This week, The Film That Would Be King comes out against The Film That Actually Got To Be King.
It will be sad if this film is only remembered as "that flick that lost to Crash." It will be even more sad if it is only remembered as "that gay cowboy flick." What would be nice is if it is remembered for the passionate, tragic, beautiful love story that it is. Full review here.
That said, I would have actually given Best Picture to Munich, but that's another kettle of fish.
The DVD includes several featurettes, including one discussing the journey of the film from short story to the screen with Larry McMurtry and Diana Ossana, who won an Oscar for their adaptation of Anne Proulx's short story.
The Chronicles of Narnia - The Lion, the Witch and the Wardrobe (Special Two-Disc Collector's Edition)
Andrew Adamson's (Shrek franchise) faithful adaptation of the popular fantasy series arrives on DVD with plenty of extras, including two director's commentaries (one with the kids, one with the crew), and if you splurge for the second disc, plenty of production diaries and a 3-D map of Narnia. But, if you're like me, you'll just skip to the kick-ass final battle. Sadly, Lazy Sunday is not among the special features.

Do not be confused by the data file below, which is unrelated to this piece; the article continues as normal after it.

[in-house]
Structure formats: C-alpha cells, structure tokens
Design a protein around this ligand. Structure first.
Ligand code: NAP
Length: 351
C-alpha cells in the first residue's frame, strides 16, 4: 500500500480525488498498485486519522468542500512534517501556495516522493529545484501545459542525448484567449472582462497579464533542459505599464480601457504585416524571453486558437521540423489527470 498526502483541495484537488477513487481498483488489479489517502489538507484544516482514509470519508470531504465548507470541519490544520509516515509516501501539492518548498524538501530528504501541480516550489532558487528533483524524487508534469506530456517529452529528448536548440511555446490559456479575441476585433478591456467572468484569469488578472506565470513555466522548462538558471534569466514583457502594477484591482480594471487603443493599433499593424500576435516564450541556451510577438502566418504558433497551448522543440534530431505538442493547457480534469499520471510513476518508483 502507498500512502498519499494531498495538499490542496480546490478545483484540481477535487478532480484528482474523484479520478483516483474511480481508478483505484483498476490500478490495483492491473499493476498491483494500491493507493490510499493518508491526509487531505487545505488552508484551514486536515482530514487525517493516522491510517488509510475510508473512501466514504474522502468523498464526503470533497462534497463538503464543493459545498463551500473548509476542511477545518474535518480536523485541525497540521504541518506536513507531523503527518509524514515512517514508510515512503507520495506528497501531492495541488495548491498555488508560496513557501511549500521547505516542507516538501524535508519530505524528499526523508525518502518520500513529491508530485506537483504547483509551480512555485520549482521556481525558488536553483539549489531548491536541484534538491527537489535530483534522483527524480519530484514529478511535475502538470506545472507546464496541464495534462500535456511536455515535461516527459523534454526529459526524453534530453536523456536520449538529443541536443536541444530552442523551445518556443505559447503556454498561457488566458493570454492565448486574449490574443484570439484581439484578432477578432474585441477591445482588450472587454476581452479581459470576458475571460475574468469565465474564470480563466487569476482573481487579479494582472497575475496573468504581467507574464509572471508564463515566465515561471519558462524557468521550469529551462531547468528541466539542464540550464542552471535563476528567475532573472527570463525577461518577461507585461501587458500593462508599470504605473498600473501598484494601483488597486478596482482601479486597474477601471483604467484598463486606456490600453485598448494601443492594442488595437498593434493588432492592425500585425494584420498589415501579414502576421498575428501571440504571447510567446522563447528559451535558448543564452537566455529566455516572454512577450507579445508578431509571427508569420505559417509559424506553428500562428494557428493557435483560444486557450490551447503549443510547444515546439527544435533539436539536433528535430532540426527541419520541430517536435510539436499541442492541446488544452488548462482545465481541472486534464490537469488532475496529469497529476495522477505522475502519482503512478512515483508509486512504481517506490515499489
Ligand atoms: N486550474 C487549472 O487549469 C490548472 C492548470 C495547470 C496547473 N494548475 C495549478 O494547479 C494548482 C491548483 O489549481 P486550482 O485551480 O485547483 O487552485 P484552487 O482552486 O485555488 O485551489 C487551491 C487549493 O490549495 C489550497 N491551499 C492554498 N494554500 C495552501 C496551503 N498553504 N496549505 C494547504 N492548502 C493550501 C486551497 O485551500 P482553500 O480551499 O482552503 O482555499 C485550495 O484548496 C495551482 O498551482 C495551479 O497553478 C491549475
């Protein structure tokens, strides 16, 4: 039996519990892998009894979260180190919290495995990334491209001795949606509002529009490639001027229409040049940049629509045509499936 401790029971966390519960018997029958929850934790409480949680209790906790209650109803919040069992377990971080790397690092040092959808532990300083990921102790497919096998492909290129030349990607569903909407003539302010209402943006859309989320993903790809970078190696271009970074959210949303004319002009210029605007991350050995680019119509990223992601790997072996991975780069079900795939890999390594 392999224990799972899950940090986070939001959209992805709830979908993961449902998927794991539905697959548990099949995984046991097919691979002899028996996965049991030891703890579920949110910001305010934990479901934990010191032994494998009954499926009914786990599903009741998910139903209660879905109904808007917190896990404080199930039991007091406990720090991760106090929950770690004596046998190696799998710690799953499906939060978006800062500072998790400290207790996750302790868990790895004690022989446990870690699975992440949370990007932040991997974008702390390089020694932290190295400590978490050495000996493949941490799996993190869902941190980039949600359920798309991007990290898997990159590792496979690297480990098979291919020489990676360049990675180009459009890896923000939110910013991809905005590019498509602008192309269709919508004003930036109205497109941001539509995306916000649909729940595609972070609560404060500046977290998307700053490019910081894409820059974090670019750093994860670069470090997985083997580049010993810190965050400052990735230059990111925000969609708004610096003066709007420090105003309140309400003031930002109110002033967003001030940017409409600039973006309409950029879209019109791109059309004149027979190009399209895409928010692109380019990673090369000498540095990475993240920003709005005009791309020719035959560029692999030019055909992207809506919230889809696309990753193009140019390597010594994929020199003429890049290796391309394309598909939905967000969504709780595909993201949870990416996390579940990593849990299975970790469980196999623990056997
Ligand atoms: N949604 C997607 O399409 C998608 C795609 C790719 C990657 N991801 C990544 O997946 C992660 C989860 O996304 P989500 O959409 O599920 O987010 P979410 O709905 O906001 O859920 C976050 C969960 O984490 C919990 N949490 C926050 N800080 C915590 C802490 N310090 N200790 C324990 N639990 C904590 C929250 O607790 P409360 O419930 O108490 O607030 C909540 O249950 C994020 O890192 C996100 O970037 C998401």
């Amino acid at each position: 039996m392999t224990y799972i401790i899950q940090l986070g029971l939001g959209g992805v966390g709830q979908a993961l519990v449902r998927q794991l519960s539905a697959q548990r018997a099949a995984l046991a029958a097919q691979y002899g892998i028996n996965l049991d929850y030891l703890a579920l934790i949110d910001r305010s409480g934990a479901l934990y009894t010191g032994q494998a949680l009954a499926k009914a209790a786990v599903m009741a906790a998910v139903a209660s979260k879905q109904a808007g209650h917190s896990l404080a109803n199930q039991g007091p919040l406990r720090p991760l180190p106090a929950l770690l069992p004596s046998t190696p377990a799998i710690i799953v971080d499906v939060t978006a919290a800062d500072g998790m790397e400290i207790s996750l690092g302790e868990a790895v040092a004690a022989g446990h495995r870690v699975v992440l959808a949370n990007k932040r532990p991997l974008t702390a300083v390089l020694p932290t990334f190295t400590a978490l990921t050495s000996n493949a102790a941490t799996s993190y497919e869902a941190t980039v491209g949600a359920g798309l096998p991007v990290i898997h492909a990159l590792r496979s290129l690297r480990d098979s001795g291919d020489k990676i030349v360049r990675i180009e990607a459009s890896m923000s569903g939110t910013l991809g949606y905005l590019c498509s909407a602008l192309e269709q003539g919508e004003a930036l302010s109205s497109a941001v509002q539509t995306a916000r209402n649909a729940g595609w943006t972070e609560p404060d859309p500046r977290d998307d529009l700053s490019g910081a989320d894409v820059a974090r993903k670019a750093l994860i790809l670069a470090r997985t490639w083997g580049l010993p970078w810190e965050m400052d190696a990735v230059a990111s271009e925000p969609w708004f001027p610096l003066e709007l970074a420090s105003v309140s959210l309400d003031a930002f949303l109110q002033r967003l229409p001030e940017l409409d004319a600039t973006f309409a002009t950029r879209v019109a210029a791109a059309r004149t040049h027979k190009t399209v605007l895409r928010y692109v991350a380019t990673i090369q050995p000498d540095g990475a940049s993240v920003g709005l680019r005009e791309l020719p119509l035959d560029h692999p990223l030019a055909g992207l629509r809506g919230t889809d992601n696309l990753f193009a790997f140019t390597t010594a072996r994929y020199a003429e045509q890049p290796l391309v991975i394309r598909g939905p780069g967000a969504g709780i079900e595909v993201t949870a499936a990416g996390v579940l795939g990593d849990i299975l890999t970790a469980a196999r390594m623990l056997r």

Crash (2-Disc Director's Cut Edition)
As if to rub in the fact that they won, Lionsgate releases this special edition the same day as the film they upset for Best Picture. There are actually quite a few new extras here, including four additional minutes of footage, deleted scenes, new featurettes, and a video for "In the Deep," which can't help but be better than the Oscar performance.
Just in time to be compared to Akeelah and the Bee (also about a little girl and a spelling bee) coming out later this month, we have this indie with Richard Gere as the father of the prodigy in question. Blasted critically for laying on the Kaballah maybe a little too thick, it still boasts two directors, which should make for interesting commentary. Extras also include numerous featurettes and a separate commentary track with one of the producers and the screenwriter, Naomi Foner Gyllenhaal, mother of Maggie and Jake.
The President's Last Bang
This festival fave from Korea delivers a somewhat fictionalized take on the real-life assassination of Park Chun-hee. I guess you have to fudge a little if it's going to be a dark comedy. Extras include an interview with the director.